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Curriculum - work with your pupils’ tutors for maximum progress

January 30, 2023, 11:36 GMT+1
Read in 8 minutes
  • Nicola Beaverstock explains how teachers and online instructors can collaborate to raise achievement for students and schools
Curriculum - work with your pupils’ tutors for maximum progress

You’ve spent time deciding which pupils will receive additional support, you’ve grouped them appropriately and set them up online and you’ve carefully selected a tuition provider and a tutor with your students’ needs in mind, so now what?

Tutoring has become a key word in staffrooms, with online support being a popular option. However, with a tutor only visible on a screen or at the other end of a phone or email exchange, can an effective tutor/teacher relationship really be possible? Can you both really sing from the same song book, virtually? I believe you can.

Some tutors, like me, are teachers too, so we understand the job and strive to ensure our work supports yours in parallel, rather than as a separate strand of activity.

Before tutoring begins – things to consider

At the group planning stage, it is a good idea to group students of similar ability. Some tutoring providers may be able to deliver separate content to each student visually (that is certainly something that can be done using Bramble, as I do for Pearson), but it is not possible to speak to each pupil individually. Where there are different abilities in a group, I always provide extra challenges or encouragement as necessary, to maximise the benefit for each student.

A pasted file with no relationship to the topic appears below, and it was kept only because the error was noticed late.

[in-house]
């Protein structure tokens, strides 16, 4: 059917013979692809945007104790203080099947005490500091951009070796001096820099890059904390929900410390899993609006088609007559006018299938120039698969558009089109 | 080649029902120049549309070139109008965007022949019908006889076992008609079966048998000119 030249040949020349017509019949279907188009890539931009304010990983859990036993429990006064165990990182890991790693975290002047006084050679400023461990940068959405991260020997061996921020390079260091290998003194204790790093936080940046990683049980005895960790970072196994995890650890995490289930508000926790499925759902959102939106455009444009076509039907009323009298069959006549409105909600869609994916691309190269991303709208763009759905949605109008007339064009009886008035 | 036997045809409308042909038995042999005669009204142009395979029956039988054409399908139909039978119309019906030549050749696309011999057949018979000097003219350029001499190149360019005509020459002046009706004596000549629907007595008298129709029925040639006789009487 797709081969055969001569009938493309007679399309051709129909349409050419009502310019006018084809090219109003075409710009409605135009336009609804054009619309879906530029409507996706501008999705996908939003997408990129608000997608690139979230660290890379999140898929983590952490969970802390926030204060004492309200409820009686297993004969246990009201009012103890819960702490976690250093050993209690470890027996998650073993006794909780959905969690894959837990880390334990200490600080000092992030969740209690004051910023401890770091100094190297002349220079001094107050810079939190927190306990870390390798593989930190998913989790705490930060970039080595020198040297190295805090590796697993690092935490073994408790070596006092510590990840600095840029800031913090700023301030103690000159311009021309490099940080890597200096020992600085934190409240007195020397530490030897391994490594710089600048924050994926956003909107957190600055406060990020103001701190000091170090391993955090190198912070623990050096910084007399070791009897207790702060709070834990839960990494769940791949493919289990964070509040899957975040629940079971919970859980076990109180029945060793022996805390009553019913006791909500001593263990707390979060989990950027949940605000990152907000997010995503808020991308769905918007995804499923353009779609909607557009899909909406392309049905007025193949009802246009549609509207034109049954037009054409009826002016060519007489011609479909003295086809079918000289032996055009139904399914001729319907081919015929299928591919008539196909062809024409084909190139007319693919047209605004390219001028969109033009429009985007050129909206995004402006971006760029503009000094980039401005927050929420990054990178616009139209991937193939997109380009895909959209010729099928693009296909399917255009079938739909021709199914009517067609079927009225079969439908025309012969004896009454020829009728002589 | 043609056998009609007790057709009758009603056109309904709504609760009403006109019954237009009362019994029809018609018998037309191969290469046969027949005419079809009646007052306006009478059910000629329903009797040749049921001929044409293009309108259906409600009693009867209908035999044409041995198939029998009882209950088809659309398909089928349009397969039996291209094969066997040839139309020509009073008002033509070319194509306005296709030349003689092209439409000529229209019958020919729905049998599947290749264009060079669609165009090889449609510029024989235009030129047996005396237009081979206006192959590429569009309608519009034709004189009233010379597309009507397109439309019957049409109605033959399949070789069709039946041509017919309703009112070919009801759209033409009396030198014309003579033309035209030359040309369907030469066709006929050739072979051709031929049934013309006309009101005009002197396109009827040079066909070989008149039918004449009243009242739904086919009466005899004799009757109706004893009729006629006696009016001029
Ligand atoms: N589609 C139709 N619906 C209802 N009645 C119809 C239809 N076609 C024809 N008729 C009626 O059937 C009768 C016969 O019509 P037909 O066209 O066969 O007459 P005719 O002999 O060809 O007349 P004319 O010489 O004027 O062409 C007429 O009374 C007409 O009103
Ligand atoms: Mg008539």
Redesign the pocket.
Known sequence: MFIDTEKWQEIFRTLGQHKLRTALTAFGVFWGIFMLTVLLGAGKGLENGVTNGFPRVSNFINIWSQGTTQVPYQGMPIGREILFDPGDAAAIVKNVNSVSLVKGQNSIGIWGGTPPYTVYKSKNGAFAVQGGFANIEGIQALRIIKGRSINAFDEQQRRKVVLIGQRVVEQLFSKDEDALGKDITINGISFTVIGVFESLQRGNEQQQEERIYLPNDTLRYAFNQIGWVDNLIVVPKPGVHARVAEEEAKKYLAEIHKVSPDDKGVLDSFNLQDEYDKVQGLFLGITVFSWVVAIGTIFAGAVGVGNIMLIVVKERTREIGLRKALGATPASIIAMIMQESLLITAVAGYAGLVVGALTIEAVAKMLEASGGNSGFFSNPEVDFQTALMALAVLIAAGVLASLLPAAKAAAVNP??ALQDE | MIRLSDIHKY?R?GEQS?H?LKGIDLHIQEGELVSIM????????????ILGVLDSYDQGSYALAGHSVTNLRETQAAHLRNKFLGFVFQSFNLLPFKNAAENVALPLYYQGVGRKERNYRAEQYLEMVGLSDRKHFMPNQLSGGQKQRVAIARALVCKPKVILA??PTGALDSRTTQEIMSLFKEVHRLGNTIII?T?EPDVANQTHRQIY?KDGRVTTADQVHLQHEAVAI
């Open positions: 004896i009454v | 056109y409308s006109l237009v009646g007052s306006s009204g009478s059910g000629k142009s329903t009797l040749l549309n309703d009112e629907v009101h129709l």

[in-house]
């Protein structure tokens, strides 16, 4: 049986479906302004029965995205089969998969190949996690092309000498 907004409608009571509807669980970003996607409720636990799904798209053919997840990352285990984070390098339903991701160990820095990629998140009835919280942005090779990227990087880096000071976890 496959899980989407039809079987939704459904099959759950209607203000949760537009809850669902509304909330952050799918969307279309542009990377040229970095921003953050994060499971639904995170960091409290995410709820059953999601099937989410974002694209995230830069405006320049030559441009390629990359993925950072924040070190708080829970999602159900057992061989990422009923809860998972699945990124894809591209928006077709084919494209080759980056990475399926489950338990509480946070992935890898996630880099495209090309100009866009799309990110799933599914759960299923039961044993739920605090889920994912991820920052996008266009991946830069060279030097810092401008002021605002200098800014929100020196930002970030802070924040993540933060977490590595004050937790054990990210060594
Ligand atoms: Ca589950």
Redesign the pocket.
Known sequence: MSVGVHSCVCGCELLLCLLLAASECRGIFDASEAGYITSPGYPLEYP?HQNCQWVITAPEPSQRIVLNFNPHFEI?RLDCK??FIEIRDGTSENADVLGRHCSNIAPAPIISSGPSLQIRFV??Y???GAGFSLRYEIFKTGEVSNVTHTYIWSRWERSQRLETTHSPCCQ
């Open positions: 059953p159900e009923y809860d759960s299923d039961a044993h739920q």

If the sessions are to take place at school a quiet space is helpful, so the students and tutor can hear each other. Headsets help with this too and, ideally, each student should have their own laptop or tablet. Supervision may well be required by your tutoring provider for safeguarding purposes, which is also really helpful if there are any technical issues. One benefit of online tutoring is the fact that the students do not all need to be in the same place, as sessions can work equally well if they each join from home.

When your tutor knows they have been selected for your school’s block of tuition, they will send you an introductory email. This will tell you all you need to know about the first session and provide you with contact information. If you have time to send a reply, that really helps create a rapport from the start. The more information you can give your tutor, the better they can tailor their sessions to meet pupils’ needs.

Ideally there will be a face-to-face meeting between the teacher and tutor at the start of the first session. This is an opportunity to put a face to a name, ask questions, and discuss the details of your requirements. If a meeting is not possible, you should send an email with details of the areas you would like the sessions to cover and any information about pupils which they may find helpful. If there are pre-tests to be carried out, your tutor will let you know how these should be administered. It may be possible for the students to each view their own individual version of the test on screen during one of the first tutoring sessions. If this is not possible, you may be asked to administer the test at school, then scan and send it back.

During tutoring – keeping track of progress